What about when the code is type stable and a method inside is surely to be called. Why not just compile that too while you are at it and put the appropriate address to jump to (do it recursively)? Basically go as far as you can until you hit a type instability or a point at which you are not sure whether or not the function will even be called? Or is that just not how it works, and the semantics is to compile lazily?

Separately, if the code in the for loop is type stable and the function foo has been generated already, is there a lookup to find where the generated code for foo is or whether or not it exists? Or do we just jump straight to the code?

In the case of unstable I imagine there has to be such a lookup for what code to jump to based on type of input. Something like lookup the type in a table. It returns a memory address or null. If memory address jump to it. If null call back to compiler to generate code. Call to compiler returns a memory address to where it put the code. Jump to it and upon return insert that into the table.

For the stable version I imagine an if statement checking if its the first iteration. If so lookup the type in the table. It returns memory address or null (potentially compiled by a different part of the code). If null call back to compiler to generate code. Call to compiler returns a memory address to where it put the code. Store that locally and in the table. Jump to it. In future iterations just jump straight to the address you stored locally without performing lookups.

Does that seem to capture the general gist at a conceptual level?

That is exactly what happens in completely type stable code, yes. Your original type stable example just didn’t have a top level call to go into - it was all in global scope. The first function call was foo, so it only gets compiled then.

Yes and Yes. You can do methods(f) to query the methods of a function, and one of those methods has a field specializations to check which specializations exist for that method. While you can manually call these, it’s not necessary - the compiler will already insert the appropriate call to the code (or inline it entirely, based on some heuristics).

Conceptually, yes, though it’s not implemented that way.

Again, this lookup only happens only because you’re in global scope in the first place. In global scope, you could in theory have some other code in a background task eval new methods or overwrite an existing method, which would require that new foo to be called in your globally scoped loop.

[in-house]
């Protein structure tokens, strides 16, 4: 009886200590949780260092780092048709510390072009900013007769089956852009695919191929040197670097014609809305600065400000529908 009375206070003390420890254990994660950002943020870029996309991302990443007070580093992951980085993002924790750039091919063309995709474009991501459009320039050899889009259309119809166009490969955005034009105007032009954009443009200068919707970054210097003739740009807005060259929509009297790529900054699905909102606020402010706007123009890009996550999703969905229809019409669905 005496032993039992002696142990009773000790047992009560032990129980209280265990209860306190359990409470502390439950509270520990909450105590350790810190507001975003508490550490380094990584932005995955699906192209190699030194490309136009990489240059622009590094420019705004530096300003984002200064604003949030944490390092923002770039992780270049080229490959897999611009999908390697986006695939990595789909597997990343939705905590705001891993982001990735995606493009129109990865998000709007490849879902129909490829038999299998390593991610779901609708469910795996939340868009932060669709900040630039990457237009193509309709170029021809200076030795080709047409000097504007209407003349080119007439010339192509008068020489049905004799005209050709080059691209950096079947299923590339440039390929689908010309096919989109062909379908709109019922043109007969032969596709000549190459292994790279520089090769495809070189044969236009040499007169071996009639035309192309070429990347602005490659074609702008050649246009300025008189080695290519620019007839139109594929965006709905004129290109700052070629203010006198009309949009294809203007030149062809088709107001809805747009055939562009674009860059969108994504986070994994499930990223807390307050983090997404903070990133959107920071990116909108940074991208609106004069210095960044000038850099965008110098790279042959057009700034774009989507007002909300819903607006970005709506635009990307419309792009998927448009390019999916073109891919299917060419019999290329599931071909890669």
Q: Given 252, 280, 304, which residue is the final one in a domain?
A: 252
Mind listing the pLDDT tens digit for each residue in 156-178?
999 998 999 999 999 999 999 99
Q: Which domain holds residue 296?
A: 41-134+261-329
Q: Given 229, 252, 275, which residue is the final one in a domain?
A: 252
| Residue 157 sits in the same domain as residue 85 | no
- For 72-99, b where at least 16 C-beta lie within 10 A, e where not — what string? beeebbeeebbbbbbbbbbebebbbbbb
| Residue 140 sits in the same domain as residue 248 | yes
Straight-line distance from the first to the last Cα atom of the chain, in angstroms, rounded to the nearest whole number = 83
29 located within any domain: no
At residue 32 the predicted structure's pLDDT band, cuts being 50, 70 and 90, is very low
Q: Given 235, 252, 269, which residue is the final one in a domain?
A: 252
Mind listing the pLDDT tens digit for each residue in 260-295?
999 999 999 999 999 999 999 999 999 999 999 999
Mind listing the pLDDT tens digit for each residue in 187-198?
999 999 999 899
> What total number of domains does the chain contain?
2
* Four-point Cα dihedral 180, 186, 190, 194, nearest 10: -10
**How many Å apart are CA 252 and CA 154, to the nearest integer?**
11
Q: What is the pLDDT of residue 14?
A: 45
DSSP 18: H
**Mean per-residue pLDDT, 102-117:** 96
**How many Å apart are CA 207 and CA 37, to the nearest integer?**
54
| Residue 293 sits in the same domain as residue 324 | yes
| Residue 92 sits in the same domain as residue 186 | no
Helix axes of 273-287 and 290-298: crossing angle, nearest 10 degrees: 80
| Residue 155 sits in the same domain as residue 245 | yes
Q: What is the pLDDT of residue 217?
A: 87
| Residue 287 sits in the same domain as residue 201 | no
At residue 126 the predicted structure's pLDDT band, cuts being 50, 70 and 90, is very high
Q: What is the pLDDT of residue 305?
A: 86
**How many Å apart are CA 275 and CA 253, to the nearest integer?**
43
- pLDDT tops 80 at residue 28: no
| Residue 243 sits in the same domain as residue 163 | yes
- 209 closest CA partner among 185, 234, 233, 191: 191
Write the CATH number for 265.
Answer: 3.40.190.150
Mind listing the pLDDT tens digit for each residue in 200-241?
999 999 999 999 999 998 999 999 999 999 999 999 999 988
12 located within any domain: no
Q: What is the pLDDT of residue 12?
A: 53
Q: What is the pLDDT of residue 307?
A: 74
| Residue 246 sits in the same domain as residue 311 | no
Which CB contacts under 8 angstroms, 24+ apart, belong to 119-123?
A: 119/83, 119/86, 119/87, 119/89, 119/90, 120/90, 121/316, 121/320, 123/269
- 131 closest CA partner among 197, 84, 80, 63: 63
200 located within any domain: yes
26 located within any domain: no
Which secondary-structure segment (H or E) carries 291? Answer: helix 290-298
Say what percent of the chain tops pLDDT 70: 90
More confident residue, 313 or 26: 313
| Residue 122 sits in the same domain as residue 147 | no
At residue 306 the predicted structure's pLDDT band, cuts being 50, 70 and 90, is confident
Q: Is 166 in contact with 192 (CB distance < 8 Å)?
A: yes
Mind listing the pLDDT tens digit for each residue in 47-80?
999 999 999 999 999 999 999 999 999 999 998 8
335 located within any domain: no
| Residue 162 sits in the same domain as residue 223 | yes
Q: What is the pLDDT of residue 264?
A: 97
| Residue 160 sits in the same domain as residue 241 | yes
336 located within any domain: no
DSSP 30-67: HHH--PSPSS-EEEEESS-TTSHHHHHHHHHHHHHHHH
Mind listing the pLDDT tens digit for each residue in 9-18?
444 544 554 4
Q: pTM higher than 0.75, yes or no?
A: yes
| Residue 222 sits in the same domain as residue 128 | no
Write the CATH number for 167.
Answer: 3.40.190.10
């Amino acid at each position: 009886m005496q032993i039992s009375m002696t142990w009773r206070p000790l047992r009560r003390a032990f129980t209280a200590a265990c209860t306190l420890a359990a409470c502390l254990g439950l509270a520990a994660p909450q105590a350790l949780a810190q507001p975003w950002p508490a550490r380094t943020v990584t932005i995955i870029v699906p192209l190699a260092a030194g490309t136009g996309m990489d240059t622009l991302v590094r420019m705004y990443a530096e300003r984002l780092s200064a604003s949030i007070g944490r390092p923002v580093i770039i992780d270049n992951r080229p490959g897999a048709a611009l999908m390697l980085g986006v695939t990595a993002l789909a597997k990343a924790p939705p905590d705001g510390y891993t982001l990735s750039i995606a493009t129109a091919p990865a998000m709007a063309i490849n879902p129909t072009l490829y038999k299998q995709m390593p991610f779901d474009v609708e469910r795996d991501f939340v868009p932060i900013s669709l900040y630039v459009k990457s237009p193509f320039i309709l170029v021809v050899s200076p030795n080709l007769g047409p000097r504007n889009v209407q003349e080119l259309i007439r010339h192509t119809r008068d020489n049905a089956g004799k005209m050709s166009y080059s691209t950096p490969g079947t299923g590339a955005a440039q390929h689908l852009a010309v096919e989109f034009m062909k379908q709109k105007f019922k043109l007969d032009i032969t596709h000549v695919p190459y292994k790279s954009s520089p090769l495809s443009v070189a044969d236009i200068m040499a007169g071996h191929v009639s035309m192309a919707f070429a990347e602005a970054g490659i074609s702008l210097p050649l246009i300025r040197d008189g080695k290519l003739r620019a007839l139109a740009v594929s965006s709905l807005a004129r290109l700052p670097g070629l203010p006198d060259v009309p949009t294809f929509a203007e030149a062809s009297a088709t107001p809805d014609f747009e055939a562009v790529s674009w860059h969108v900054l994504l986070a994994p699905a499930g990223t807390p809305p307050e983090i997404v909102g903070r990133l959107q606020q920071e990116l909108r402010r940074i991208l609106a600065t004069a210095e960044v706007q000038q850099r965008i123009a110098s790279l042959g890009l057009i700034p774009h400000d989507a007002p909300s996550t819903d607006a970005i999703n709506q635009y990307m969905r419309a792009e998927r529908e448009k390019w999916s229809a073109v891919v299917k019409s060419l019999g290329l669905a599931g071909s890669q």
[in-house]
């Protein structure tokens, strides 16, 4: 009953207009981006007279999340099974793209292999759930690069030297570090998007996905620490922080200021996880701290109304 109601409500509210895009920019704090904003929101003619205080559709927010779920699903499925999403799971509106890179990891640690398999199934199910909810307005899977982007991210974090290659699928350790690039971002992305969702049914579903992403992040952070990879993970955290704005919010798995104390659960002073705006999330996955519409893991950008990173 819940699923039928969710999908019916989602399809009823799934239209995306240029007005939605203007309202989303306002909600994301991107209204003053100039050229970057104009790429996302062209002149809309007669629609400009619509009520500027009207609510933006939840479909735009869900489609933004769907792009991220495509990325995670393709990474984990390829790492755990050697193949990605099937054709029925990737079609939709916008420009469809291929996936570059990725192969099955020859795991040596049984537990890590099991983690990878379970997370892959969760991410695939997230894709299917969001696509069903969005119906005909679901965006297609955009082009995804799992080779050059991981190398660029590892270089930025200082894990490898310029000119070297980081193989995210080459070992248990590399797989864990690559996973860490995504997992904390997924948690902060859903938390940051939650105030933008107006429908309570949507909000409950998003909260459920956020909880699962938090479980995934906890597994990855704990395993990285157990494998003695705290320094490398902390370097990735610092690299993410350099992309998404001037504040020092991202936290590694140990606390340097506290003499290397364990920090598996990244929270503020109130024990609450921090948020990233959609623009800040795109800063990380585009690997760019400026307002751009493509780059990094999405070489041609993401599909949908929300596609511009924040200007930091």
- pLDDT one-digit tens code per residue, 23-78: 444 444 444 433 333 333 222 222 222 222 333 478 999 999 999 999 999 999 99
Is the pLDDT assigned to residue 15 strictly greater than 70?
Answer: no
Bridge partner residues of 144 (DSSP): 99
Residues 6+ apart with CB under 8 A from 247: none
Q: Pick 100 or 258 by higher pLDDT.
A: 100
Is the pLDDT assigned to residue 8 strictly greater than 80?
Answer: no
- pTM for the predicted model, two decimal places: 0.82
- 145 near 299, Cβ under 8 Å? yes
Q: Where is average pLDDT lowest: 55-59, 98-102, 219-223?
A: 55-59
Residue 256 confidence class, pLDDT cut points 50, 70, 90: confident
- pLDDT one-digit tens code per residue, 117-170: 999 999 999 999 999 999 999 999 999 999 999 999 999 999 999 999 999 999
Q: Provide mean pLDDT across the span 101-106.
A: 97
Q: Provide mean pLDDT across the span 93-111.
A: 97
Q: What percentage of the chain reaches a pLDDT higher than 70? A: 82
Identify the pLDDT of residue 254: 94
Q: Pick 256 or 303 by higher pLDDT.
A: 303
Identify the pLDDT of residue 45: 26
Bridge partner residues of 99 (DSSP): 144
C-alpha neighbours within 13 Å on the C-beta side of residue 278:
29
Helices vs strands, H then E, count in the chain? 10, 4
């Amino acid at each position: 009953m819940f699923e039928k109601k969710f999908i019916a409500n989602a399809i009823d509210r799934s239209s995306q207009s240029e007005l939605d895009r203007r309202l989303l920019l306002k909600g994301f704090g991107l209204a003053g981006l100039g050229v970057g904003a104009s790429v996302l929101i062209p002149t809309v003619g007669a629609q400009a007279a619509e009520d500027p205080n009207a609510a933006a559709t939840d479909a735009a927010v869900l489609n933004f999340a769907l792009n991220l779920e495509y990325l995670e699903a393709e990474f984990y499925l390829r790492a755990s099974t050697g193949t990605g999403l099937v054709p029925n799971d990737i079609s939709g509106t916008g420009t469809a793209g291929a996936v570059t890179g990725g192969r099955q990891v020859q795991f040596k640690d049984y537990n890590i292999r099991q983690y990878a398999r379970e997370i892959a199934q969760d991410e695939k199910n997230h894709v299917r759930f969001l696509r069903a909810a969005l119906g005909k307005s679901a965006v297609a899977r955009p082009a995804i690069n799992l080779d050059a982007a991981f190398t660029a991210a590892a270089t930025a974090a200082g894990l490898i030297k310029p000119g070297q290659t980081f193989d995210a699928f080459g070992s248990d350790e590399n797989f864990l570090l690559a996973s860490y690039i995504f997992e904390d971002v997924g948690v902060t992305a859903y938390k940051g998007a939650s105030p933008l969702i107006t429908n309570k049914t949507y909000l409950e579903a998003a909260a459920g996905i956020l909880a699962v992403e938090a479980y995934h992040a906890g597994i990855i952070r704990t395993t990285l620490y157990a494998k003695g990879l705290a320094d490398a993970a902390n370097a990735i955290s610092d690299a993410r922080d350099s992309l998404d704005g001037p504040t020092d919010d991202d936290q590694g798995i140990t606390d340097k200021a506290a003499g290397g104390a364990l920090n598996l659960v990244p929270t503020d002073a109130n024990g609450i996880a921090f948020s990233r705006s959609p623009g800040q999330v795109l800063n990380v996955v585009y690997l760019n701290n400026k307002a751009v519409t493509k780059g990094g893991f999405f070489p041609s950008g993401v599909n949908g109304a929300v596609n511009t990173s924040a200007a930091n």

In regards to inlining & already compiling called functions in local scope (i.e. inside a function), take these for example:

f(x) = x^3
g(x) = 2*f(x)
h(x) = g(x)/4

If we just look at @code_warntype, we still see the call:

julia> @code_warntype h(1)
MethodInstance for h(::Int64)
  from h(x)
     @ Main REPL[3]:1
1 ─ %1 = Main.g(x)::Int64
│   %2 = (%1 / 4)::Float64
└──      return %2

But that’s only because @code_warntype is a very high level view. If we already take a look at the generated LLVM IR, we can see that both g and f got inlined:

julia> @code_llvm h(1)
;  @ REPL[3]:1 within `h`
define double @julia_h_359(i64 signext %0) #0 {
; ┌ @ REPL[2]:1 within `g`
; │┌ @ REPL[1]:1 within `f`
; ││┌ @ intfuncs.jl:320 within `literal_pow`
; │││┌ @ operators.jl:580 within `*` @ int.jl:88
      %1 = shl i64 %0, 1
      %2 = mul i64 %1, %0
; │└└└
; │┌ @ int.jl:88 within `*`
    %3 = mul i64 %2, %0
; └└
; ┌ @ int.jl:97 within `/`
; │┌ @ float.jl:269 within `float`
; ││┌ @ float.jl:243 within `AbstractFloat`
; │││┌ @ float.jl:146 within `Float64`
      %4 = sitofp i64 %3 to double
; │└└└
; │ @ int.jl:97 within `/` @ float.jl:386
   %5 = fmul double %4, 2.500000e-01
; └
  ret double %5

The inlining is of course not guaranteed, but it generally is reliable that type stable code does get compiled all the way through. That’s why it’s important to keep code type stable.

Of course, some operations are inherently type unstable, like parsing. Colloquially speaking, “parsing” is always a map of some String or Vector{UInt8} to some type T that’s more specific than Any. Since the parsing can return any of the subtypes of Any though, it’s an inherently type unstable operation that will fall back to Any in the worst case (or some abstract type in a better case).

I should note that eval does not affect function calls in local scope - the results of an eval are only “visible” to existing functions once they return to global scope. The mechanism this is tracked by is called “world age”, which is a sort of advanced topic that’s not really relevant for regular development. Suffice it to say that it’s the core mechanism that allows julia to compile type stable calls to native machine code, while still staying semantically dynamic.


Is it correct to say then that type unstable code is what can force the lookup of what code to execute during run time (either with a switch statement or some kind of table in the generated code), but type stable code will either inline the function or the address to jump to? Additionally type unstable code may have to hand control back to the compiler during run time whereas type stable code just compiles once ahead of time and then executes all the way through? And these are the reasons why type stable code is so much more performant than type unstable code? (Just talking about local scope in this post, I didn’t appreciate that distinction when I originally posted)

1 Like

Yes, all that is precisely correct! :slight_smile:

What may be seen as even worse is that type unstable code has the nasty ability to propagate outwards - if the return of one function is unstable and you use the result of that function in your code as a return value as well or pass it to other functions, the compiler can’t magically get rid of that (well it can in some cases - but it’s best to think of that as an optimization, not as a guarantee).